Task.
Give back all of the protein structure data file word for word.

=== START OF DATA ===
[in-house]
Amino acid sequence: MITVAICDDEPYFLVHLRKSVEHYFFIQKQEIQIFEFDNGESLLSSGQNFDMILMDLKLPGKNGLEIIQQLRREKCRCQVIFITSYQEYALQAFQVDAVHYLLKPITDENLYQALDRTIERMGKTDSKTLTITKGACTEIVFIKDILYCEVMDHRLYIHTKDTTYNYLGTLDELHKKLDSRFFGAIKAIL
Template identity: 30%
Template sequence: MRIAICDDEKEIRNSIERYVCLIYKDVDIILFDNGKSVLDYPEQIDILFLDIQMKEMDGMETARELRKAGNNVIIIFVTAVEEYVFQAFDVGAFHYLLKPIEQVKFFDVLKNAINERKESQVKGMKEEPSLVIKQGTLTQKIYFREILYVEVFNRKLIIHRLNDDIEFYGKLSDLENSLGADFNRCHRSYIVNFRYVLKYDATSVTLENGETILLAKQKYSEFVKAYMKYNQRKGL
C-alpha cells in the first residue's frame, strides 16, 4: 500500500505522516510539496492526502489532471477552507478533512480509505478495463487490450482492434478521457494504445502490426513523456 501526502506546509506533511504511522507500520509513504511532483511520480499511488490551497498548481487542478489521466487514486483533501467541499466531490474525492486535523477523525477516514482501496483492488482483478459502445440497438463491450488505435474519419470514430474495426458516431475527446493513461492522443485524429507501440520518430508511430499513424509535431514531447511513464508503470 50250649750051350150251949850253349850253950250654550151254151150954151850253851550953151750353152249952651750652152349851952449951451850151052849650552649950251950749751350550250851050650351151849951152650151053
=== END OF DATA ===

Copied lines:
[in-house]
Amino acid sequence: MITVAICDDEPYFLVHLRKSVEHYFFIQKQEIQIFEFDNGESLLSSGQNFDMILMDLKLPGKNGLEIIQQLRREKCRCQVIFITSYQEYALQAFQVDAVHYLLKPITDENLYQALDRTIERMGKTDSKTLTITKGACTEIVFIKDILYCEVMDHRLYIHTKDTTYNYLGTLDELHKKLDSRFFGAIKAIL
Template identity: 30%
Template sequence: MRIAICDDEKEIRNSIERYVCLIYKDVDIILFDNGKSVLDYPEQIDILFLDIQMKEMDGMETARELRKAGNNVIIIFVTAVEEYVFQAFDVGAFHYLLKPIEQVKFFDVLKNAINERKESQVKGMKEEPSLVIKQGTLTQKIYFREILYVEVFNRKLIIHRLNDDIEFYGKLSDLENSLGADFNRCHRSYIVNFRYVLKYDATSVTLENGETILLAKQKYSEFVKAYMKYNQRKGL
C-alpha cells in the first residue's frame, strides 16, 4: 500500500505522516510539496492526502489532471477552507478533512480509505478495463487490450482492434478521457494504445502490426513523456 501526502506546509506533511504511522507500520509513504511532483511520480499511488490551497498548481487542478489521466487514486483533501467541499466531490474525492486535523477523525477516514482501496483492488482483478459502445440497438463491450488505435474519419470514430474495426458516431475527446493513461492522443485524429507501440520518430508511430499513424509535431514531447511513464508503470 50250649750051350150251949850253349850253950250654550151254151150954151850253851550953151750353152249952651750652152349851952449951451850151052849650552649950251950749751350550250851050650351151849951152650151053